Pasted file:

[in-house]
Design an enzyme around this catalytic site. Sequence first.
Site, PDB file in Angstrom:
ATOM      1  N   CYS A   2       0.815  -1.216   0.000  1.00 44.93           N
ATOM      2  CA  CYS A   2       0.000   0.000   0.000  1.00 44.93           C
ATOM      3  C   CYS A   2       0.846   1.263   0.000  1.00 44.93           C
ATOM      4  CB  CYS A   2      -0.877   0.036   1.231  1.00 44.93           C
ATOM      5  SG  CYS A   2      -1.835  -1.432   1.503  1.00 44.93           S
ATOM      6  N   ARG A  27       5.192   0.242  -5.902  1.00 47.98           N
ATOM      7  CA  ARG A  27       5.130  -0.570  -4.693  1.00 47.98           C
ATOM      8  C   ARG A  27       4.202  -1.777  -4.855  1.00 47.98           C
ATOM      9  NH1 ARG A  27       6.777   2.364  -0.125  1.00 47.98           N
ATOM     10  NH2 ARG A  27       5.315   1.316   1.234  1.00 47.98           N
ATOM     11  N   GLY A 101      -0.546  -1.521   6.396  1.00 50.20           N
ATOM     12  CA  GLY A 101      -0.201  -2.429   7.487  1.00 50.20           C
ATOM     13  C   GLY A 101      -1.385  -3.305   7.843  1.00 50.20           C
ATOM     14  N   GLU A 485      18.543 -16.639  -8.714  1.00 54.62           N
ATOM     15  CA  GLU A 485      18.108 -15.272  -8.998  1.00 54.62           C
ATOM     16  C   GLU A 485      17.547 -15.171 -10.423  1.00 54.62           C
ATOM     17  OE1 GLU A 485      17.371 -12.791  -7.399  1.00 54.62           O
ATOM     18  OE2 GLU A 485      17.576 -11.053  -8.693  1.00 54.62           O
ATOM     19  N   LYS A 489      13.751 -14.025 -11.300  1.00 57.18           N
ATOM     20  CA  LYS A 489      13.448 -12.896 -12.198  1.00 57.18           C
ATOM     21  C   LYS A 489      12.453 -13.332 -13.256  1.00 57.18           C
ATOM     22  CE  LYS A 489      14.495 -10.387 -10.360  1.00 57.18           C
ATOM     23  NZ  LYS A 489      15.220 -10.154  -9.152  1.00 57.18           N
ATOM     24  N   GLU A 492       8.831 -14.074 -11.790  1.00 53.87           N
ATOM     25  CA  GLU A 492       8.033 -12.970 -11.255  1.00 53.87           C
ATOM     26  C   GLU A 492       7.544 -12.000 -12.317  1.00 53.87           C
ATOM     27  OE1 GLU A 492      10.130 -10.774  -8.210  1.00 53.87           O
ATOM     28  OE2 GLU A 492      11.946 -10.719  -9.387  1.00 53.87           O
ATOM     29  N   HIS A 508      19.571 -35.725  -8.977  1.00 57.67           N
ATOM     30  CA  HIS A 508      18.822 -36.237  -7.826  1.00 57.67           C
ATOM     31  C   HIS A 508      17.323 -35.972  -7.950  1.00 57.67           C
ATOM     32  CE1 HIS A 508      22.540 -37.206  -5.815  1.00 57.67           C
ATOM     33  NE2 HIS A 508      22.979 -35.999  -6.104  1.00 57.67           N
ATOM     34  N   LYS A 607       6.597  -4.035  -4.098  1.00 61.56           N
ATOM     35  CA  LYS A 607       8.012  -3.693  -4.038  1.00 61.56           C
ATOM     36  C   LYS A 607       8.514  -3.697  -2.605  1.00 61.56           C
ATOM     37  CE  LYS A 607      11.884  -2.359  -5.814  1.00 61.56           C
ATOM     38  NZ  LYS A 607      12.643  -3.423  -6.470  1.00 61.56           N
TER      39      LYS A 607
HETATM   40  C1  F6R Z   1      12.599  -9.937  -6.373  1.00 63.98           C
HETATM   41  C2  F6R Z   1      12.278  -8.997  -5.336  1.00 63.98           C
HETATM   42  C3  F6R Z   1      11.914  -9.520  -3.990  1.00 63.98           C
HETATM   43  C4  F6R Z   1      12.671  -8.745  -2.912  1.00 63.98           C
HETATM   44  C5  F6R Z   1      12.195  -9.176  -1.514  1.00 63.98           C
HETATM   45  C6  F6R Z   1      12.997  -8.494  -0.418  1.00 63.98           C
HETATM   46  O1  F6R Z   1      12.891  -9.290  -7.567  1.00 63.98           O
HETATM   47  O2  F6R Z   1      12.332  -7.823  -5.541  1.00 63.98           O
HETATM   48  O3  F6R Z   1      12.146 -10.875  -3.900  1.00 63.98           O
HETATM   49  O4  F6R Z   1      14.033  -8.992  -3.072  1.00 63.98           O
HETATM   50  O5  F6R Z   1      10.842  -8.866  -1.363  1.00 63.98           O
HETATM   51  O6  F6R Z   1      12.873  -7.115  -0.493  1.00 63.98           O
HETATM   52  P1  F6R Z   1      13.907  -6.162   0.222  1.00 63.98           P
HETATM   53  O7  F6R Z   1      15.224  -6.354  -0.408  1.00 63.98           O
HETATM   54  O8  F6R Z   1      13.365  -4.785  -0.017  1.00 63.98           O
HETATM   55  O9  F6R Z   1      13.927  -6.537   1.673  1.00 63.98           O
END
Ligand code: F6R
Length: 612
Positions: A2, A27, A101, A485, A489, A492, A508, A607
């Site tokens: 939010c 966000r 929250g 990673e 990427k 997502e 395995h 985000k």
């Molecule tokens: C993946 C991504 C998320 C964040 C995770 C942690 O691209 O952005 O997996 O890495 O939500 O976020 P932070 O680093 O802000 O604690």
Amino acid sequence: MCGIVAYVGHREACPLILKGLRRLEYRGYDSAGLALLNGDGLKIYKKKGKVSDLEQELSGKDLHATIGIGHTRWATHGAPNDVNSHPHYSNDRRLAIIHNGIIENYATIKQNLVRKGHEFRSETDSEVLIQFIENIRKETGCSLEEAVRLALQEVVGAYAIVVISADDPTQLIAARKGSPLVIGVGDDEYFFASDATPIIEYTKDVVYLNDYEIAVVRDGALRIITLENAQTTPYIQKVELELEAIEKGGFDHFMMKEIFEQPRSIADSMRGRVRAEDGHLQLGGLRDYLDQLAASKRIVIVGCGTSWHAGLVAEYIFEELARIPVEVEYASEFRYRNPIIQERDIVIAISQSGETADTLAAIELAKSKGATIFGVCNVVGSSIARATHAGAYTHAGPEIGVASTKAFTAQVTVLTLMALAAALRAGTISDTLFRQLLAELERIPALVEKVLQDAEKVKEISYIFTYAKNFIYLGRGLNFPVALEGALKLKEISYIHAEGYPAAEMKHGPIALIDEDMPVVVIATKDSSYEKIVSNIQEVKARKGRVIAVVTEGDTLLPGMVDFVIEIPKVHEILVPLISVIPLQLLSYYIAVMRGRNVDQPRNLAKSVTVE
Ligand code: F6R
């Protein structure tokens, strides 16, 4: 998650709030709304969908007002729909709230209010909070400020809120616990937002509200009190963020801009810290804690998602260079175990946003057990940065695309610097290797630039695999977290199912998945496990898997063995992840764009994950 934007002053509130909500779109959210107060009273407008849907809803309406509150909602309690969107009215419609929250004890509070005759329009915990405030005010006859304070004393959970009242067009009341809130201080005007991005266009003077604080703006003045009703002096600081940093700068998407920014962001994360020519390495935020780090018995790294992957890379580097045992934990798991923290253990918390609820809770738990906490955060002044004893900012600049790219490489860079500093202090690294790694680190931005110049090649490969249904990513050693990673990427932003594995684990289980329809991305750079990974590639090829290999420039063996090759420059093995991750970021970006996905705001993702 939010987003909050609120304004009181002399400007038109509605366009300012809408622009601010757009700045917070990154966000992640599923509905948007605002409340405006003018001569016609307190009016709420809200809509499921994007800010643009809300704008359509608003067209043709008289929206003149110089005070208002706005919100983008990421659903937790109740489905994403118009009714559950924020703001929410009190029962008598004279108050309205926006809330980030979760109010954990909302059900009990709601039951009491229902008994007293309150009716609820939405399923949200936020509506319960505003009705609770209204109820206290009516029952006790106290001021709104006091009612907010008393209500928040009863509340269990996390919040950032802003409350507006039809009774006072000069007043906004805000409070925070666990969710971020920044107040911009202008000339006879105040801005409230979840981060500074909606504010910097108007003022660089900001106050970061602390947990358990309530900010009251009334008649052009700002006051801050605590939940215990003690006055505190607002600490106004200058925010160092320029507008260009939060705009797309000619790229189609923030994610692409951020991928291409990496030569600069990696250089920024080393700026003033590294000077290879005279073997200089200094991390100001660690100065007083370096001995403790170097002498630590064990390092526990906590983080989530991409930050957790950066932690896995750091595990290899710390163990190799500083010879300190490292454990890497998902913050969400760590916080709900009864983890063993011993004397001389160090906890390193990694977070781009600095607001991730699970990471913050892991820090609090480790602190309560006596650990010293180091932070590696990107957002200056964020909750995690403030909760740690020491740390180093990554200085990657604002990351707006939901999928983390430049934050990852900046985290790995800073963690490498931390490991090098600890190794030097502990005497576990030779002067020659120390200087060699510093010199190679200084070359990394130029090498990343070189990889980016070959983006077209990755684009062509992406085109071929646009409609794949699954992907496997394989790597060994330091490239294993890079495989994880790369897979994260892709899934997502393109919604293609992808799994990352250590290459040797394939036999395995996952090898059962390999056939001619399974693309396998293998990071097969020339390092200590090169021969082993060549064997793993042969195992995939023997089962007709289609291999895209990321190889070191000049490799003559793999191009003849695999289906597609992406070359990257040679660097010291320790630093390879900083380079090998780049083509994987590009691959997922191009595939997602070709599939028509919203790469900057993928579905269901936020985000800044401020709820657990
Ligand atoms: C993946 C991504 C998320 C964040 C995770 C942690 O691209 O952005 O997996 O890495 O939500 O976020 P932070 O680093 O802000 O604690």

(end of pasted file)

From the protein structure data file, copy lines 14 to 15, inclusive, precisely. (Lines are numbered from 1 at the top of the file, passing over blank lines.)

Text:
ATOM     11  N   GLY A 101      -0.546  -1.521   6.396  1.00 50.20           N
ATOM     12  CA  GLY A 101      -0.201  -2.429   7.487  1.00 50.20           C